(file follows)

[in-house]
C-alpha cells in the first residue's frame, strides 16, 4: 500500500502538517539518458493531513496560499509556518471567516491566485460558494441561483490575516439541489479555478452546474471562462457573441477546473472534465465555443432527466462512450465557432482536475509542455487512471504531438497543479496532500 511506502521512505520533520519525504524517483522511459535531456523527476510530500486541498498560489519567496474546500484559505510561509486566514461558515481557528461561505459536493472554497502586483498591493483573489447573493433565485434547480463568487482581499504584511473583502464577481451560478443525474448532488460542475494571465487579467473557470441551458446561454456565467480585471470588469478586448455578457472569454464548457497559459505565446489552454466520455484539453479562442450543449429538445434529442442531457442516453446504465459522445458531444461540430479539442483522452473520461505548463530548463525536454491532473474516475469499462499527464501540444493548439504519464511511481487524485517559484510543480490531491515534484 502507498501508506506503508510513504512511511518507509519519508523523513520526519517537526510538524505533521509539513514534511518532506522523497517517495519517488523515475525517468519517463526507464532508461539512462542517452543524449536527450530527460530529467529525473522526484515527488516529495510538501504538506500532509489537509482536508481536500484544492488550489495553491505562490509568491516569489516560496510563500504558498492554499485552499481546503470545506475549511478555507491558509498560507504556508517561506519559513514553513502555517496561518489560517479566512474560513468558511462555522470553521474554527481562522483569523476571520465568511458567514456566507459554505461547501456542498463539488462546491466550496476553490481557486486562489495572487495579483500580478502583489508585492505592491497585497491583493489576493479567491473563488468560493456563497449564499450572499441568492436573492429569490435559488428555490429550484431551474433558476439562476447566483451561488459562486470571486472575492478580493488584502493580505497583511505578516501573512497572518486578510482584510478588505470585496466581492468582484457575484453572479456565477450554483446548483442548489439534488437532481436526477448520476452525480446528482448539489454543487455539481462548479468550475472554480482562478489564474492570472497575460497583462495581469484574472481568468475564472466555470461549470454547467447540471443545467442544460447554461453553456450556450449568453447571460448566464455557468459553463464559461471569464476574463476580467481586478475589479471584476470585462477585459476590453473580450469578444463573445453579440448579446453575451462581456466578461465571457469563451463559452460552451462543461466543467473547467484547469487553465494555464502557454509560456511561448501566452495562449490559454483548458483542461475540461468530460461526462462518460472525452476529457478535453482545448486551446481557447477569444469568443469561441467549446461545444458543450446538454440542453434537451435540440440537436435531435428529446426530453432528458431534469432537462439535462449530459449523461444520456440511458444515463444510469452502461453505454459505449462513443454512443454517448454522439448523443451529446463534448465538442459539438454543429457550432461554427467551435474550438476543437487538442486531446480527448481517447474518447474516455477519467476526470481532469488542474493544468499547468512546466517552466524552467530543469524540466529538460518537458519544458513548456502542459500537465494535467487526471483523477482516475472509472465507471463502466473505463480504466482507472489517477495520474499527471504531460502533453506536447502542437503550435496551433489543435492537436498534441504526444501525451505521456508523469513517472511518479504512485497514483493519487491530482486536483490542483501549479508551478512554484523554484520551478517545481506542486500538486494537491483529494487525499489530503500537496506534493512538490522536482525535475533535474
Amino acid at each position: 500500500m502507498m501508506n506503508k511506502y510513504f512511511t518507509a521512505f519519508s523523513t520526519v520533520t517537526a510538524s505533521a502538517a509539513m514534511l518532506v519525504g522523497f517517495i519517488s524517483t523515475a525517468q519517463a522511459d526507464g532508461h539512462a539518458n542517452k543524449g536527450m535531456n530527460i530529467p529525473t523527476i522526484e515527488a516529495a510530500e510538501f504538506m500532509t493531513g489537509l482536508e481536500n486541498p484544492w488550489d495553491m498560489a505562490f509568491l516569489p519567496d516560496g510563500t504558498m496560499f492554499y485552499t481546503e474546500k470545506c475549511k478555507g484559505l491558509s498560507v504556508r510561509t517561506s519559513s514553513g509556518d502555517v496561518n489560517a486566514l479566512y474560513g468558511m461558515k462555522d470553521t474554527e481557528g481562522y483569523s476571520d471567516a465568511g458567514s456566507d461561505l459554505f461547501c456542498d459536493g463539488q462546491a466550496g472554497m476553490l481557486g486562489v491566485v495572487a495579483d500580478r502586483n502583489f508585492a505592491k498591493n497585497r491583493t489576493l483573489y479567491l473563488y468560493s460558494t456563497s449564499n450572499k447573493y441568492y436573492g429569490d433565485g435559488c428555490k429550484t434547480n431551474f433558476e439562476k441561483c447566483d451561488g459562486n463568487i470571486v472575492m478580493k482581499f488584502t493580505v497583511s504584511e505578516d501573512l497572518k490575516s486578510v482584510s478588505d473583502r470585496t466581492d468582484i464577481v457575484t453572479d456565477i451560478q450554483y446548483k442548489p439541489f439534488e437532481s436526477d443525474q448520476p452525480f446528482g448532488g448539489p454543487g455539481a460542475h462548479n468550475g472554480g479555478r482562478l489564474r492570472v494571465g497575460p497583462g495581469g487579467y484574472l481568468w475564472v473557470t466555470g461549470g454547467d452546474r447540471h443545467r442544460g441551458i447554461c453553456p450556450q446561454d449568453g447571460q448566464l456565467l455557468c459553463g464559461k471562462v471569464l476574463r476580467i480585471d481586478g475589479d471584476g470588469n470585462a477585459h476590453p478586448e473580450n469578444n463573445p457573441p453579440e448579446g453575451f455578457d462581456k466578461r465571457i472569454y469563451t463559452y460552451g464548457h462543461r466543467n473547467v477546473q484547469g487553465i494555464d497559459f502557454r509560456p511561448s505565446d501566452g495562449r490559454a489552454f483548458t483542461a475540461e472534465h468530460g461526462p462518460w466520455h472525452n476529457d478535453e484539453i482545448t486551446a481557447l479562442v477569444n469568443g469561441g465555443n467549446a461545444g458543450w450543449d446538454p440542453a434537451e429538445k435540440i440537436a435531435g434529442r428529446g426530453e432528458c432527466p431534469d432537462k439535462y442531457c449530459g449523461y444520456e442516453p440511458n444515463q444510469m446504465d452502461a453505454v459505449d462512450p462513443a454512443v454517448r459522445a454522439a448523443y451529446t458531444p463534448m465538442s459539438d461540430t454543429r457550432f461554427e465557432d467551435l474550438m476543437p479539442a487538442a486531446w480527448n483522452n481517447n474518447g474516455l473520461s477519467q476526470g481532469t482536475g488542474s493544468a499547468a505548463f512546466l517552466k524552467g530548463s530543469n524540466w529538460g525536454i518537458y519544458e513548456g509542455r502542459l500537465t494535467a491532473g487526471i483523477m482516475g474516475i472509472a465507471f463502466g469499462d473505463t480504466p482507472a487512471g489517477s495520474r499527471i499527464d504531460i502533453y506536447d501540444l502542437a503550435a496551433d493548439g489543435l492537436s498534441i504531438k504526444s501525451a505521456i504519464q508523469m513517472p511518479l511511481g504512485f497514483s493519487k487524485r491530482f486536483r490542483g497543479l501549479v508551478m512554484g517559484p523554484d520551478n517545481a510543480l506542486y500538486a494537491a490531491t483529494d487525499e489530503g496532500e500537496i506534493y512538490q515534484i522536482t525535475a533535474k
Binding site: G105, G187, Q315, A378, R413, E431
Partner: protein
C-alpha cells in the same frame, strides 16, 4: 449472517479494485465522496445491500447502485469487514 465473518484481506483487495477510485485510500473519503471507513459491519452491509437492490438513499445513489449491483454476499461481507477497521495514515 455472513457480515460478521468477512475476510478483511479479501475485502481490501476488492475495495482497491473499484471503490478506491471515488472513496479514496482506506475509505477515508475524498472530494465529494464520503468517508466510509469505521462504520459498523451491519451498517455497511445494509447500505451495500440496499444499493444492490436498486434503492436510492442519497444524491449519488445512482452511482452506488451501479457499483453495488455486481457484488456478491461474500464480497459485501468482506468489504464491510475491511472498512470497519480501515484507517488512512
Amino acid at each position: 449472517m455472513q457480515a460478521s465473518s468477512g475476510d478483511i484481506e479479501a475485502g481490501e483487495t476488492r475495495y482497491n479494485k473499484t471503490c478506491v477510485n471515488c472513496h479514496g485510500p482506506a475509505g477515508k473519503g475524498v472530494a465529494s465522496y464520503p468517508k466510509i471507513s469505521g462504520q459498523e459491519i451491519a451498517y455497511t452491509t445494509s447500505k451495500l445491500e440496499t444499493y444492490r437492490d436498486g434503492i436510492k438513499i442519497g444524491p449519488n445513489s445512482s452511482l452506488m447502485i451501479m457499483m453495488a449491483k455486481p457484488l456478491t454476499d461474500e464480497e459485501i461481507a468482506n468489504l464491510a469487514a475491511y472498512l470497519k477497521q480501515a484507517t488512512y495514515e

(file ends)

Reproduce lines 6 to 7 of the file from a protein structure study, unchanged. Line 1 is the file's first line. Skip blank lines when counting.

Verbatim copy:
C-alpha cells in the same frame, strides 16, 4: 449472517479494485465522496445491500447502485469487514 465473518484481506483487495477510485485510500473519503471507513459491519452491509437492490438513499445513489449491483454476499461481507477497521495514515 455472513457480515460478521468477512475476510478483511479479501475485502481490501476488492475495495482497491473499484471503490478506491471515488472513496479514496482506506475509505477515508475524498472530494465529494464520503468517508466510509469505521462504520459498523451491519451498517455497511445494509447500505451495500440496499444499493444492490436498486434503492436510492442519497444524491449519488445512482452511482452506488451501479457499483453495488455486481457484488456478491461474500464480497459485501468482506468489504464491510475491511472498512470497519480501515484507517488512512
Amino acid at each position: 449472517m455472513q457480515a460478521s465473518s468477512g475476510d478483511i484481506e479479501a475485502g481490501e483487495t476488492r475495495y482497491n479494485k473499484t471503490c478506491v477510485n471515488c472513496h479514496g485510500p482506506a475509505g477515508k473519503g475524498v472530494a465529494s465522496y464520503p468517508k466510509i471507513s469505521g462504520q459498523e459491519i451491519a451498517y455497511t452491509t445494509s447500505k451495500l445491500e440496499t444499493y444492490r437492490d436498486g434503492i436510492k438513499i442519497g444524491p449519488n445513489s445512482s452511482l452506488m447502485i451501479m457499483m453495488a449491483k455486481p457484488l456478491t454476499d461474500e464480497e459485501i461481507a468482506n468489504l464491510a469487514a475491511y472498512l470497519k477497521q480501515a484507517t488512512y495514515e